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    chipstakk's Avatar
    chipstakk Posts: 2, Reputation: 1
    New Member

    Apr 13, 2009, 06:31 PM
    Differnce between neutral grounding and separated grounding
    What is the difference between neutral and separate grounding?? Why and when do you defer between them?? Basically why do we ground, what's its purpose and what are the differences between the varying methods.

    I hope I don't sound dumb but the US NAVY nuclear electrical school didn't teach me apparently LOL
    tkrussell's Avatar
    tkrussell Posts: 9,657, Reputation: 724
    Uber Member

    Apr 14, 2009, 04:47 AM
    This is a complex issue to answer briefly.

    A neutral is a return for a circuit, and is grounded at the panelboard and utility transformer, so that only one wire of a circuit is live.

    However, a grounded neutral is a current carrying conductor, since it is the return for a circuit. You can touch it and not feel a shock, but the current being drawn by the circuit can be measured flowing through the conductor.

    If you break, or open, an active neutral conductor, you can measure 120 volts across the two neutral conductors, so touching both or a grounded surface will result in a shock.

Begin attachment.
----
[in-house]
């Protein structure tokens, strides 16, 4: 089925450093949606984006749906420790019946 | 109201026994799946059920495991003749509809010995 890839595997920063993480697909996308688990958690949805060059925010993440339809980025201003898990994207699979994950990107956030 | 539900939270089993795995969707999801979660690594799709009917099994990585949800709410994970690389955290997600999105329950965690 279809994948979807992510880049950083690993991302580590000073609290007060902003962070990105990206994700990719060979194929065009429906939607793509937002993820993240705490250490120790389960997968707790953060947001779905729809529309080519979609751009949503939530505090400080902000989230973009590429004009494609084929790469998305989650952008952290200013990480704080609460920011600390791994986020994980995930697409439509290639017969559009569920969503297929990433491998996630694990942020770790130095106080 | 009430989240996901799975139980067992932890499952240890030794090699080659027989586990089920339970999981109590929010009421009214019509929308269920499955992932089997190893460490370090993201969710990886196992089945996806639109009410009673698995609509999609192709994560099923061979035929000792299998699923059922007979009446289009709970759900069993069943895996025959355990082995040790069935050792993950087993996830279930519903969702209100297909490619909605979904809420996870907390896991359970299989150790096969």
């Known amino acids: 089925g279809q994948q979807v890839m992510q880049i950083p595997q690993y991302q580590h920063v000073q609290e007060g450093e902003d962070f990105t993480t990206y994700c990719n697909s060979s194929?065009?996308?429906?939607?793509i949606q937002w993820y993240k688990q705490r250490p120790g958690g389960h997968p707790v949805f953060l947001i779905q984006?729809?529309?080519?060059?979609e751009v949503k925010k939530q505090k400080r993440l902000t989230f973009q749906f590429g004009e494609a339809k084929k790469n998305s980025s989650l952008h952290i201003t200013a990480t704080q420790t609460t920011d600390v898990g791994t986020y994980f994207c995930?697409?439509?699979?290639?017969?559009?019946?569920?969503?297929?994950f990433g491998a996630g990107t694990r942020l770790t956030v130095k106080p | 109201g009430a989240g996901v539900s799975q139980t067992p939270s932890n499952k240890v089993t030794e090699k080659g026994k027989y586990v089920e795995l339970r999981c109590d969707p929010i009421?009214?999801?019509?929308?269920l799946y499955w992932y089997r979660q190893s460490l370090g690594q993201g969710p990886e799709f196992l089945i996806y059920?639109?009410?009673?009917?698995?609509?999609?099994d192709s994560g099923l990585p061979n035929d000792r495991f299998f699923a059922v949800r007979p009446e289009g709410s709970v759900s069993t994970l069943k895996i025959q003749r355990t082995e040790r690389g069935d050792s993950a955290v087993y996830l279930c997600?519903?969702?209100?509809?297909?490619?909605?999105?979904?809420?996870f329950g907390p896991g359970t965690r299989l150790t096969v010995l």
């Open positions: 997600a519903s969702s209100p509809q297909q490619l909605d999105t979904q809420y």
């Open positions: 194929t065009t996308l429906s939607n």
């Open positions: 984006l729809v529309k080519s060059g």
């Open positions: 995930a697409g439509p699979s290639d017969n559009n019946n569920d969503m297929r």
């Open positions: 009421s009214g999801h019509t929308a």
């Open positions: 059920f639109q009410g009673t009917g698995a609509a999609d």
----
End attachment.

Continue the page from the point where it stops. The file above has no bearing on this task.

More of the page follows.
A "ground" is technically referred to as a equipment grounding conductor (EGC), intended to connect any metal raceway and any exposed metal of an appliance or device, and only carrys current during a ground fault condition.

    It is often called a "safety" ground, as it is there for the sole purpose of conducting any voltage imposed on a exposed metal to ground.

    If an appliance fails and the live wire inside shorts to the metal frame, the ground allows the ground fault voltage to drain, so to speak. An equipment grounding conductor must have low impedance to allow current to flow quickly and high, so the overcurrent protection device, AKA fuse or circuit breaker, opens, or trips, thereby removing the dangerous condition of a live metal frame.

    There is much misconception that a neutral, because it is grounded, is a ground. And then misconception gets carried over to the EGC that since an EGC is grounded, it is a neutral.

    Each conductor has it's specific purpose, and must be kept separated in all electrical boxes, outlets, devices, and the two are only connected together at a specific location in a building's electrical system, typically at the Main Service Disconnecting Means, or Main Switch. This is where the neutral, EGC and grounding electrode conductor all connect.

    If a neutral wire gets connected to a EGC anywhere in a building, there is a potential for sending current thruout a building's grounding system, and at any location something is not grounded properly a potential of shock hazard, or arcing due to loose connections.

    Like I said, a complex issue to explain in a few words. Hope I got my point across. There is a wealth of information, diagrams, etc, on the web for you to review for a more detailed explanation.

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